Ever wonder if you have what it takes to be a leader? I’ll tell you right now: The answer is yes.

So what if you don’t manage 50 people. You’re still a leader. You don’t own a company? Still a leader. You don’t have a corner office–heck, you don’t even have an office! You’re still capable of being a leader.  You’re a stay-at-home mom? Yep, still a leader. You’re a school custodian? Absolutely, you are a leader. Member of the JV tennis team? Don’t have a college degree?  Answer to three bosses? Leader, leader, leader.

Someone recently asked me if I thought they could be successful in our corporate culture as a leader. I responded, “That’s really up to you. You have the right tools and abilities, but you have to choose what you will do with it.”

I’ve always believed that everyone is called to leadership. In fact, I started writing because I wanted to get that message across loud and clear. But sometimes, there are obstacles holding us back from realizing that simple fact.

These Are Not Leadership Skills
There’s a long list of assumptions that each and every one of us has made when evaluating ourselves and others. A lot of times we have to fight really hard to conquer these false assumptions and overcome the idea that we can’t lead. Let’s dismantle some of these assumptions right now.

Leadership is not:

  • Being the funniest person in the room
  • Having a company
  • Doing the right thing all the time
  • Knowing the right answer all the time
  • Being great at soccer in eighth grade
  • About your title
  • About your income level
  • About the car you drive
  • Having more degrees
  • Sounding wise
  • Getting the final word

When you were a kid, were you ever picked last for a game of kickball? Cut from a school play? Did you lose a student government election, or even just get a bad grade that stuck with you years later? Those were moments when false assumptions about yourself were established. “I can’t lead on the field, nobody wants me on the team.” “I’m no good at music, I’ll just quit.” “I’m not a leader,” and “I stink at math.” Little moments add up and create lasting impressions that contribute to an idea that we don’t have what it takes and because of that, we’re not really leadership material.

Guess what? That’s just not true. (I wrote about the process of identifying–and overcoming–those assumptions a while back, in a two-part series. Read Part One and Part Two to get started!)

The Leadership Skills Within All of Us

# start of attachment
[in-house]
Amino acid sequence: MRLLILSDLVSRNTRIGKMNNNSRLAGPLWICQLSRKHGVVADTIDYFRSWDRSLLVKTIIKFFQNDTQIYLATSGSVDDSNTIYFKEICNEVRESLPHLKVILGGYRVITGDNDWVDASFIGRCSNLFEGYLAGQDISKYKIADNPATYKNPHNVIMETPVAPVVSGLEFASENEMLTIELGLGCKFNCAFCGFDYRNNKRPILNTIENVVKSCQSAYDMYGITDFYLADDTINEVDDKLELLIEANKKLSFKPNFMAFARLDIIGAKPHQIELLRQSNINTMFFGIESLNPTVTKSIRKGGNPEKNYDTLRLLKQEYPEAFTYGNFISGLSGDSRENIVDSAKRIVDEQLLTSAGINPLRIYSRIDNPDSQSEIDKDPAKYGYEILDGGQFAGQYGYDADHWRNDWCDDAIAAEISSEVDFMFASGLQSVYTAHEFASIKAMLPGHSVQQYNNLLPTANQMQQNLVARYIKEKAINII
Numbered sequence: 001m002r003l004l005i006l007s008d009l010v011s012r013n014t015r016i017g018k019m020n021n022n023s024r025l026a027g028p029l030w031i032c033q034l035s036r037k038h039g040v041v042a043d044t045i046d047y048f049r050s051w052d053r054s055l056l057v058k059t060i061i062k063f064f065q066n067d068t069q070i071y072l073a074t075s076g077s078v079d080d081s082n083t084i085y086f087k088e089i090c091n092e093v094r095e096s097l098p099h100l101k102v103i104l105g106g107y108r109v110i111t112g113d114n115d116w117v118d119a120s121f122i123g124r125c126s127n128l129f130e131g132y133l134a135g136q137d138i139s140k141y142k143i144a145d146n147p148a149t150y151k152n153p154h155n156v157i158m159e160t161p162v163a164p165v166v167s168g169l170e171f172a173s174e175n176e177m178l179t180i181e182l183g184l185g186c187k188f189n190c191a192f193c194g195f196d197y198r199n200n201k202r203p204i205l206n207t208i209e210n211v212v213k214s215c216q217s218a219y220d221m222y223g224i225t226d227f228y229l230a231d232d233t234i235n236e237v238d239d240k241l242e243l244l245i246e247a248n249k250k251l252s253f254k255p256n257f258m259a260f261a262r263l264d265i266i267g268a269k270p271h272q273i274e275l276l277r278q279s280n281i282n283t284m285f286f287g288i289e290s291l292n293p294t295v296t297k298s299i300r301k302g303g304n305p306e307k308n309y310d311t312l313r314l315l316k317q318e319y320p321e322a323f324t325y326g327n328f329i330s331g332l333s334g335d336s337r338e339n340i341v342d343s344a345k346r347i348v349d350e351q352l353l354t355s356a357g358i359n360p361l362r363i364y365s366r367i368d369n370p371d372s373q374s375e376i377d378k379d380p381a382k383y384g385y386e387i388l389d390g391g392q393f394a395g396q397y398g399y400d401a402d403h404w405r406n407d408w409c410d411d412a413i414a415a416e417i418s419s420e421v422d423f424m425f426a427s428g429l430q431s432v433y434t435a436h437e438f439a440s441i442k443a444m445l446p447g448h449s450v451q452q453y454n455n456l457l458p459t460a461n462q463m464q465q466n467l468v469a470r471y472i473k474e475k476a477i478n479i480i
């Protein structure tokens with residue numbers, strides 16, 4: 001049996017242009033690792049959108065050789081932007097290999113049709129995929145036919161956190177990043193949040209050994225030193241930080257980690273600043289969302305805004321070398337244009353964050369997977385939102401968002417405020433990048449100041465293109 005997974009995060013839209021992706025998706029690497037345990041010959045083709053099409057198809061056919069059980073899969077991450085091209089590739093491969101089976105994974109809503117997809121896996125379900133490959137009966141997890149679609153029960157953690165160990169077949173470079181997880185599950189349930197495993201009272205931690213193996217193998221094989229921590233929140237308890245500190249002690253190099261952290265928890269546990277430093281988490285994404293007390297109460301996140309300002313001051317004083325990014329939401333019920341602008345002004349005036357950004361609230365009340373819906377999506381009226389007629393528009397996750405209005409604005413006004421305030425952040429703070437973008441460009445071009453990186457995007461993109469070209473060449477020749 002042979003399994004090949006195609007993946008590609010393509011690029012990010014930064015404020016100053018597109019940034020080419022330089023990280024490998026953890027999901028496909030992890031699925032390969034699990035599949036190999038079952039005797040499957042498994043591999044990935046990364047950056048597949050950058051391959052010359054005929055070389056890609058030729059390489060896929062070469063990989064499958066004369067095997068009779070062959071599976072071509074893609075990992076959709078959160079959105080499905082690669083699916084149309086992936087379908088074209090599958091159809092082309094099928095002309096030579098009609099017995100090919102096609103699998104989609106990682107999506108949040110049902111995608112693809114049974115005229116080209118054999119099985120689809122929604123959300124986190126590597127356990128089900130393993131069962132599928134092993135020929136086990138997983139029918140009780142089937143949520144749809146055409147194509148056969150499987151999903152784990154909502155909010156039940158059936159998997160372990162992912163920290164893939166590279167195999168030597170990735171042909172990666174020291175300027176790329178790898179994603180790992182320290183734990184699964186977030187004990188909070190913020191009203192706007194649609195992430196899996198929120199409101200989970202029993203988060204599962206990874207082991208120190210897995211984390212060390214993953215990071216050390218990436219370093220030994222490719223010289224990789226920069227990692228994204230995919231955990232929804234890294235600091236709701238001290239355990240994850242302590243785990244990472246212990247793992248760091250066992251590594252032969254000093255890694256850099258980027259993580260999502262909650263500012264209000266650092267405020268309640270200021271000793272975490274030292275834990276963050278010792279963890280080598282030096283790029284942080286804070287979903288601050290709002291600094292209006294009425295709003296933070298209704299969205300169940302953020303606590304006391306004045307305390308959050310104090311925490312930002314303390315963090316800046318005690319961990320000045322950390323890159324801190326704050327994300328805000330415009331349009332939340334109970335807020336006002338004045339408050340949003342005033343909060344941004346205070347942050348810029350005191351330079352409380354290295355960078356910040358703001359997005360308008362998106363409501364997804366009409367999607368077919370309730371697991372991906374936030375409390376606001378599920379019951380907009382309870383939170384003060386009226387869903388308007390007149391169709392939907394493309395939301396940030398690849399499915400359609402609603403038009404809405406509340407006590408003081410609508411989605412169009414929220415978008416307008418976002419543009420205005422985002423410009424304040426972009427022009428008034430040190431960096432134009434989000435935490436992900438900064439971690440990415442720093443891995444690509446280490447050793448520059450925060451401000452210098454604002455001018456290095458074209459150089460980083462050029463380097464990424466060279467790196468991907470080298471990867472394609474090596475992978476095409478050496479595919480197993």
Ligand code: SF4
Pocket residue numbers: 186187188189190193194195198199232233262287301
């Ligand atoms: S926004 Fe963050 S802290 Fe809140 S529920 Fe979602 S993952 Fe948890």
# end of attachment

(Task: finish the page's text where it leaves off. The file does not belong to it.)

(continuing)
Psychological research shows that leaders today are honest, have vision, are self aware and are good communicators. Most of the leaders I encounter have experienced their fair share of failure and loss. All of that sounds pretty do-able, right? I think it’s even simpler than that. The best leaders I know all share one common trait: they want to make a positive impact on the lives of those around them. And we’re all born with an intrinsic desire to make an impact.

Here’s where I’d like to take things a step further. When we conclude that we can’t lead, it’s not a neutral choice. It has a negative impact. There are only two choices in any situation: To lead and to impact things positively, or not to lead and to impact things negatively.

My Leadership Story
Here’s a story about how I finally figured out I had what it takes to be a leader and where my false assumptions took me first. In college, I had a lot of rich experiences, met some great people and had a lot of fun. But my GPA took a hit from time to time. I graduated with a 2.4, and struggled finding a job after graduation. The GPA and the troubled job search shaped my perception of my own leadership ability.

Once I finally found a 100% commission sales job, I attributed it to luck. At that point, I had internalized the idea that I wasn’t a real leader, feeling almost like I didn’t even deserve the job. I believed that I missed the boat (whatever that is). I was 21.  Then, they eliminated my position and let me go pretty quickly. I was shocked, but somehow that played perfectly into my own assumptions about myself. It was a devastating first experience in the workplace, and in my mind it reflected my inability to lead.

From a very young age I had dreamed of becoming an entrepreneur, but by the time I finally got my first job out of college I had rejected those dreams because of many false assumptions. I worked for 20 years before I finally connected with that dream again and started my own business.

What, then, was I doing for those 20 years? I was being fearful. My experience of rejection in my job search and disappointment in my GPA took away my vision and kept me from making an impact. Because I associated leadership with a secure job and a salary, the entire concept became out of reach for me. My concept was a “one size fits all” type of leadership, which is simply not valid.

Fill in the Blank
I finally got the guts to imagine myself as a great sales rep, important contributor at work and personally, and able to start my own business. This was all thanks to a mentor who helped me see my own abilities and expand my narrow perception of leadership. Every day, from the moment we start school or even earlier than that, we are fighting through messages that tamper with our internal view of who we are and how we can make an impact. I challenge each and every one of you to find that internal message, acknowledge it–and then reject it. Then go out and make an impact.

I wish I could tell you that working through all of this was a once-and-done type thing. Today–many years later–I still have to be intentional about mustering the guts to step up and make an impact.

Let’s get started. If you could finish the following sentence, what would it be?

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